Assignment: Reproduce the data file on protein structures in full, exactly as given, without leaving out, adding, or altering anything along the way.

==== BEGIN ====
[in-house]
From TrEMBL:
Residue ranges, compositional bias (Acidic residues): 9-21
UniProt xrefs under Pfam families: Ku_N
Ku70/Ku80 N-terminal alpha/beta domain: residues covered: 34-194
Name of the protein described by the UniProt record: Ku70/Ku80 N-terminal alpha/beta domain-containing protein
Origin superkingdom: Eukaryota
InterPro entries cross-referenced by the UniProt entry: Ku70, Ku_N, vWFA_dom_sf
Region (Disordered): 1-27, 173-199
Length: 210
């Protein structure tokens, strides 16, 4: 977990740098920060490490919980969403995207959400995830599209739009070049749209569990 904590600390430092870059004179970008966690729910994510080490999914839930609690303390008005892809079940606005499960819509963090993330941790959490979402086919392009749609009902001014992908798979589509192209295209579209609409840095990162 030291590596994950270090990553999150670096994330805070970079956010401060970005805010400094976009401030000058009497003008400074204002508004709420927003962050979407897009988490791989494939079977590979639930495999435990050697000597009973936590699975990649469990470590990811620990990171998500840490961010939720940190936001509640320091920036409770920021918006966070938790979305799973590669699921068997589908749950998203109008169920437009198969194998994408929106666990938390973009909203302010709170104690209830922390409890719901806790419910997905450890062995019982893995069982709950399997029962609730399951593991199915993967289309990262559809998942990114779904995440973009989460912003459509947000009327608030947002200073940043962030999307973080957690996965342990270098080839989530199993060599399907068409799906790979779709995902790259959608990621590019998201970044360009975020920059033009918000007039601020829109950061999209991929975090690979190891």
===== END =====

[in-house]
From TrEMBL:
Residue ranges, compositional bias (Acidic residues): 9-21
UniProt xrefs under Pfam families: Ku_N
Ku70/Ku80 N-terminal alpha/beta domain: residues covered: 34-194
Name of the protein described by the UniProt record: Ku70/Ku80 N-terminal alpha/beta domain-containing protein
Origin superkingdom: Eukaryota
InterPro entries cross-referenced by the UniProt entry: Ku70, Ku_N, vWFA_dom_sf
Region (Disordered): 1-27, 173-199
Length: 210
């Protein structure tokens, strides 16, 4: 977990740098920060490490919980969403995207959400995830599209739009070049749209569990 904590600390430092870059004179970008966690729910994510080490999914839930609690303390008005892809079940606005499960819509963090993330941790959490979402086919392009749609009902001014992908798979589509192209295209579209609409840095990162 030291590596994950270090990553999150670096994330805070970079956010401060970005805010400094976009401030000058009497003008400074204002508004709420927003962050979407897009988490791989494939079977590979639930495999435990050697000597009973936590699975990649469990470590990811620990990171998500840490961010939720940190936001509640320091920036409770920021918006966070938790979305799973590669699921068997589908749950998203109008169920437009198969194998994408929106666990938390973009909203302010709170104690209830922390409890719901806790419910997905450890062995019982893995069982709950399997029962609730399951593991199915993967289309990262559809998942990114779904995440973009989460912003459509947000009327608030947002200073940043962030999307973080957690996965342990270098080839989530199993060599399907068409799906790979779709995902790259959608990621590019998201970044360009975020920059033009918000007039601020829109950061999209991929975090690979190891």